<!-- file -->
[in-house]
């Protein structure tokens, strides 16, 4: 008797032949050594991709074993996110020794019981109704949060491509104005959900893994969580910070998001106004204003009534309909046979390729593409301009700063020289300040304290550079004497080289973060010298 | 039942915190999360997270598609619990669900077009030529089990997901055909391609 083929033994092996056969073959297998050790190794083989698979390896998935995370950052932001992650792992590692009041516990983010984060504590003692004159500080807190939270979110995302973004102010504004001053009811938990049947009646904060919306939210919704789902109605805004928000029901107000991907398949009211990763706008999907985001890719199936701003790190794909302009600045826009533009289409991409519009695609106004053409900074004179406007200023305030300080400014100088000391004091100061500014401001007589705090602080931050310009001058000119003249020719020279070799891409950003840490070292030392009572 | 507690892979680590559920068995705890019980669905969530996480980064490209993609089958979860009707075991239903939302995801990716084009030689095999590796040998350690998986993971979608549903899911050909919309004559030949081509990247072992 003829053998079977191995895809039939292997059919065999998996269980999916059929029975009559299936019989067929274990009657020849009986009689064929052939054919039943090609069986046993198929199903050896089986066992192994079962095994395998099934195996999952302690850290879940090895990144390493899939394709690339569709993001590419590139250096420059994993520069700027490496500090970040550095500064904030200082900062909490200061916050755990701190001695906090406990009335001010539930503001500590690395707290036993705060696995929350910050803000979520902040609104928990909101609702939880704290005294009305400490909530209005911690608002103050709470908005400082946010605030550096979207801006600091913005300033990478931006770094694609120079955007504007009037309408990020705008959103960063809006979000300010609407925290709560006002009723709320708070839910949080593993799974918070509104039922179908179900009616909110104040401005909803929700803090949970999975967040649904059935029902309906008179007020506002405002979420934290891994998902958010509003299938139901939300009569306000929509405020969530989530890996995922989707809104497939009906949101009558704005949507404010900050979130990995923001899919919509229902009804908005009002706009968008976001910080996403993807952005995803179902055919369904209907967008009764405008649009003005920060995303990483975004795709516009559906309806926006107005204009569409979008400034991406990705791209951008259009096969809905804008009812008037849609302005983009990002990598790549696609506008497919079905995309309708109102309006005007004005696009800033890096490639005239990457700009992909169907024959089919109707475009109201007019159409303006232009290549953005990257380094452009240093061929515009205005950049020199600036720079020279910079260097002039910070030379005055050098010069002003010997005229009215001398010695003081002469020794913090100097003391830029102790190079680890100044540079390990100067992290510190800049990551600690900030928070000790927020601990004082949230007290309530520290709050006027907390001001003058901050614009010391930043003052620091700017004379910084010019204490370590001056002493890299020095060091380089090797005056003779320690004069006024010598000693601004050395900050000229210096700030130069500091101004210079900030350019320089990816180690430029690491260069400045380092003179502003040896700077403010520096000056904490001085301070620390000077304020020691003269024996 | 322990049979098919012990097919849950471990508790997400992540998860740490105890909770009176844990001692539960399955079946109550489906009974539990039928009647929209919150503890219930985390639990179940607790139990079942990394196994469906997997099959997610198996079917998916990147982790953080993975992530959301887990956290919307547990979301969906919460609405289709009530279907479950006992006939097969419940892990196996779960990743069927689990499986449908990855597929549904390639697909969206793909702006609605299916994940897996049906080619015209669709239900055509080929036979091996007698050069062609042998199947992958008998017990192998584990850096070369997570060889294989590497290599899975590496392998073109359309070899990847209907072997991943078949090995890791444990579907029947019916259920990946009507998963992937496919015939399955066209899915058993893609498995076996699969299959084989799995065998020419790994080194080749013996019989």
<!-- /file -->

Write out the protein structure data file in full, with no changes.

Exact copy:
[in-house]
């Protein structure tokens, strides 16, 4: 008797032949050594991709074993996110020794019981109704949060491509104005959900893994969580910070998001106004204003009534309909046979390729593409301009700063020289300040304290550079004497080289973060010298 | 039942915190999360997270598609619990669900077009030529089990997901055909391609 083929033994092996056969073959297998050790190794083989698979390896998935995370950052932001992650792992590692009041516990983010984060504590003692004159500080807190939270979110995302973004102010504004001053009811938990049947009646904060919306939210919704789902109605805004928000029901107000991907398949009211990763706008999907985001890719199936701003790190794909302009600045826009533009289409991409519009695609106004053409900074004179406007200023305030300080400014100088000391004091100061500014401001007589705090602080931050310009001058000119003249020719020279070799891409950003840490070292030392009572 | 507690892979680590559920068995705890019980669905969530996480980064490209993609089958979860009707075991239903939302995801990716084009030689095999590796040998350690998986993971979608549903899911050909919309004559030949081509990247072992 003829053998079977191995895809039939292997059919065999998996269980999916059929029975009559299936019989067929274990009657020849009986009689064929052939054919039943090609069986046993198929199903050896089986066992192994079962095994395998099934195996999952302690850290879940090895990144390493899939394709690339569709993001590419590139250096420059994993520069700027490496500090970040550095500064904030200082900062909490200061916050755990701190001695906090406990009335001010539930503001500590690395707290036993705060696995929350910050803000979520902040609104928990909101609702939880704290005294009305400490909530209005911690608002103050709470908005400082946010605030550096979207801006600091913005300033990478931006770094694609120079955007504007009037309408990020705008959103960063809006979000300010609407925290709560006002009723709320708070839910949080593993799974918070509104039922179908179900009616909110104040401005909803929700803090949970999975967040649904059935029902309906008179007020506002405002979420934290891994998902958010509003299938139901939300009569306000929509405020969530989530890996995922989707809104497939009906949101009558704005949507404010900050979130990995923001899919919509229902009804908005009002706009968008976001910080996403993807952005995803179902055919369904209907967008009764405008649009003005920060995303990483975004795709516009559906309806926006107005204009569409979008400034991406990705791209951008259009096969809905804008009812008037849609302005983009990002990598790549696609506008497919079905995309309708109102309006005007004005696009800033890096490639005239990457700009992909169907024959089919109707475009109201007019159409303006232009290549953005990257380094452009240093061929515009205005950049020199600036720079020279910079260097002039910070030379005055050098010069002003010997005229009215001398010695003081002469020794913090100097003391830029102790190079680890100044540079390990100067992290510190800049990551600690900030928070000790927020601990004082949230007290309530520290709050006027907390001001003058901050614009010391930043003052620091700017004379910084010019204490370590001056002493890299020095060091380089090797005056003779320690004069006024010598000693601004050395900050000229210096700030130069500091101004210079900030350019320089990816180690430029690491260069400045380092003179502003040896700077403010520096000056904490001085301070620390000077304020020691003269024996 | 322990049979098919012990097919849950471990508790997400992540998860740490105890909770009176844990001692539960399955079946109550489906009974539990039928009647929209919150503890219930985390639990179940607790139990079942990394196994469906997997099959997610198996079917998916990147982790953080993975992530959301887990956290919307547990979301969906919460609405289709009530279907479950006992006939097969419940892990196996779960990743069927689990499986449908990855597929549904390639697909969206793909702006609605299916994940897996049906080619015209669709239900055509080929036979091996007698050069062609042998199947992958008998017990192998584990850096070369997570060889294989590497290599899975590496392998073109359309070899990847209907072997991943078949090995890791444990579907029947019916259920990946009507998963992937496919015939399955066209899915058993893609498995076996699969299959084989799995065998020419790994080194080749013996019989």